Pros and Cons of Teaching Cyber School
COVID-19 has led to a surge in online learning, with record numbers of students attending school virtually in order to maintain social distancing. This unprecedented shift toward distance learning has presented a new and unique set of challenges to educators, demanding creativity, problem-solving, and innovation.
If you are planning on becoming an educator, it is imperative to familiarize yourself with these challenges, so that you can formulate solutions and “hit the ground running.” By learning about the pros and cons of cyber school vs. regular school — and how you, as an educator, can overcome them — you’ll become better equipped to teach effectively, even if you’re new to the virtual classroom.
3 Benefits of Cyber School for Remote Educators
If you’re thinking about a career in education, it’s important to be aware of both the possibilities and limitations that remote work might present. For example, some advantages of teaching online include:
- Having increased control over your schedule, giving you more flexibility in your calendar
- Increasing your efficiency by taking advantage of ed-tech, such as automation features or time management apps
- Not having to waste time and money on commuting, parking, or public transportation
Benefit #1: More Convenience
If you’re ready to say goodbye to long morning commutes, expensive gas prices, and rigid school day schedules, then consider working remotely. Teaching from home allows you to focus on what you love about your career — providing your students with a quality education — without facing the hassle (or high cost) of transportation. That can be especially valuable for teachers in rural areas, who might otherwise be forced to travel long distances.
Benefit #2: More Flexibility
Not only can you save money and reduce stress by cutting out your commute — you can also gain greater control of your daily schedule, particularly if you’re able to teach asynchronous classes, or non-live classes that students can take at their own pace. Record lectures, create assignments, and write quizzes at times that work for you, all from the comfort of your cozy living room. Working remotely also enables you to practice social distancing, keeping yourself and your loved ones safer during COVID-19.
Benefit #3: Increased Efficiency
When you first transition to teaching remotely, it will likely take time for you to adjust. During this period, you might feel like you’re falling behind or moving too slowly, but don’t worry: the more experienced you become using video-conferencing and other technology, the more work you will be able to accomplish. In fact, you may be able to increase your efficiency by taking advantage of ed-tech. For example, you can save time by automating grading rather than checking each worksheet by hand, or by recording spoken feedback rather than taking the time to write it out.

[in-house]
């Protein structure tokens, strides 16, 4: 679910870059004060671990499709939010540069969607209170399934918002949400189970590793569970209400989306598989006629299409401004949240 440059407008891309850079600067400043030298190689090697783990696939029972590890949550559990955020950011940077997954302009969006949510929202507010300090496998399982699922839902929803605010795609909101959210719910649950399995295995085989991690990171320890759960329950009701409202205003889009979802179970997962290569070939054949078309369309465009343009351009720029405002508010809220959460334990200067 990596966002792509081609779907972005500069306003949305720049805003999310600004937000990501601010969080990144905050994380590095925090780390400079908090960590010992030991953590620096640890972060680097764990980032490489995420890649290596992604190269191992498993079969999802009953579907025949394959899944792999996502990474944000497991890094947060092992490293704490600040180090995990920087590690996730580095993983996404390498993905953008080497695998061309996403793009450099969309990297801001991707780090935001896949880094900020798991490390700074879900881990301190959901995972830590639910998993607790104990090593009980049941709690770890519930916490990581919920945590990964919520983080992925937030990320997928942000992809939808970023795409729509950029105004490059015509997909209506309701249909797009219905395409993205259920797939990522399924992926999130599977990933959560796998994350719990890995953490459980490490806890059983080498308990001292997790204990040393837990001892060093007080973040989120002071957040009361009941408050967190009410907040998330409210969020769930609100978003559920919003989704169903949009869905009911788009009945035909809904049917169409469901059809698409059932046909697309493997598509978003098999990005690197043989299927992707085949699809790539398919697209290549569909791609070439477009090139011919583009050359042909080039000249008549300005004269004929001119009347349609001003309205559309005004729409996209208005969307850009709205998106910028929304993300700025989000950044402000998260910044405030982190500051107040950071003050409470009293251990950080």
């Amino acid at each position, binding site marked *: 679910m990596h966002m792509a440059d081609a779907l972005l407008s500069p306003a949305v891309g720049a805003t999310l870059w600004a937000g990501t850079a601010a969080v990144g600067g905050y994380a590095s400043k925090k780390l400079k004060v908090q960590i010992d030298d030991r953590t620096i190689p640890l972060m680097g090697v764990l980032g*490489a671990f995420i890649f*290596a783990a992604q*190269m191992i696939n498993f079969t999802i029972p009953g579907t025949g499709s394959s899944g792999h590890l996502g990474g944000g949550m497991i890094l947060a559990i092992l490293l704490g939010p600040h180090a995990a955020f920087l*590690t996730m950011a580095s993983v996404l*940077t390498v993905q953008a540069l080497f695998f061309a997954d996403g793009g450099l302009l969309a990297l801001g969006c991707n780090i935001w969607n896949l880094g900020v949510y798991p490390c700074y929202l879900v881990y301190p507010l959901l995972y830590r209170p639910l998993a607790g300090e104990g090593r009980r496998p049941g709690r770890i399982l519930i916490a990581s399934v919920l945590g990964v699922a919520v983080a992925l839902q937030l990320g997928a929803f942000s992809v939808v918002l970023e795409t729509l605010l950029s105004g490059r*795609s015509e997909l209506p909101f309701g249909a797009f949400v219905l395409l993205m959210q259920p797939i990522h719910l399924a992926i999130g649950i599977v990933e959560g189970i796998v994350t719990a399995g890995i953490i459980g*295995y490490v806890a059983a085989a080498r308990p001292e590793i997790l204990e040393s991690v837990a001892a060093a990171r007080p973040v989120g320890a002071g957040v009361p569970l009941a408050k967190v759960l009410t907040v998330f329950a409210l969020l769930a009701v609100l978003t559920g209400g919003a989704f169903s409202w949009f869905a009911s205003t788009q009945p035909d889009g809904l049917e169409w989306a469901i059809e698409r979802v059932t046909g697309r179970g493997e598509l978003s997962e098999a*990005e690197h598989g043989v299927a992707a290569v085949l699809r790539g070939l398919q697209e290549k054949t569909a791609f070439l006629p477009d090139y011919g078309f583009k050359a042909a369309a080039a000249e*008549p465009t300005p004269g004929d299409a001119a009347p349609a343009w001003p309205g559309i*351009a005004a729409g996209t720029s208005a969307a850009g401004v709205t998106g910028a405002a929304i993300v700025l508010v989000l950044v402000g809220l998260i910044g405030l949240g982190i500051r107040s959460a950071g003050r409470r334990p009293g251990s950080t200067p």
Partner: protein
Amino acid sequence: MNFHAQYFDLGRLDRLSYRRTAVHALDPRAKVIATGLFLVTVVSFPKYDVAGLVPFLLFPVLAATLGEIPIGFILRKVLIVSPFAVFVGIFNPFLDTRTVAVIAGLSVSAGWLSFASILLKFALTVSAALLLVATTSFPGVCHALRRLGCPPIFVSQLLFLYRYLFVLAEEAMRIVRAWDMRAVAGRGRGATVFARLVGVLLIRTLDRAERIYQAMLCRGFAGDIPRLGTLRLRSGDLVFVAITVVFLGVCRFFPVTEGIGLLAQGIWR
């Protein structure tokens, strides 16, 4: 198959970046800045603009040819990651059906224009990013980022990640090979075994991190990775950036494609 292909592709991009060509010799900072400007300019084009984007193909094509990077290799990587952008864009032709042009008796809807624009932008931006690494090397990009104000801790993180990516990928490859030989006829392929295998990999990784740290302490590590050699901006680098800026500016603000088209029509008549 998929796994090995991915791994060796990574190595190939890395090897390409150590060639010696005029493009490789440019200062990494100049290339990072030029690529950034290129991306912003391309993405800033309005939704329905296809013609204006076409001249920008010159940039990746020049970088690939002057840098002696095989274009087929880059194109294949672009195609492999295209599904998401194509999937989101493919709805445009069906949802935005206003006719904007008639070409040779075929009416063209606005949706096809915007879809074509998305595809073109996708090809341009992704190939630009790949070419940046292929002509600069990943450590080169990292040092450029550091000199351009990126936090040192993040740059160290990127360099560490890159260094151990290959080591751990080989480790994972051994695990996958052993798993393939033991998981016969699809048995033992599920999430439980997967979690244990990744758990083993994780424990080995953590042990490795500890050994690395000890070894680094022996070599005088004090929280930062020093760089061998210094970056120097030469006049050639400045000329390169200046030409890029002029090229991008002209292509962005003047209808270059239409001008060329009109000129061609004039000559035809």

3 Cons of Online Teaching (and Creative Solutions to Manage)
Though not without its advantages, there are also some negative aspects of online education, including decreased student engagement, climbing class sizes, and increased dependence on technology that may, at times, be less than reliable. However, there are simple strategies that online educators can leverage to overcome these challenges, with 11 practical examples provided below.
Con #1: Decreased Student Engagement
The problem? When it comes to the pros and cons of virtual schools, one of the greatest drawbacks may be decreased student engagement, which can slip when students are isolated and disconnected from one another and their instructors. This can develop into a major problem with lasting ramifications for students, with high engagement correlated with academic success while low engagement is linked to lower grades, increased risk of dropping out, and even increased risk of crime or drug use.
The solution? Our article on engaging students in distance learning offers plenty of solutions to the problem of decreased engagement. Some suggestions include:
- Communicating clearly and frequently
- Limiting distractions and clutter
- Rewarding students with incentives for learning
Con #2: Technical Difficulties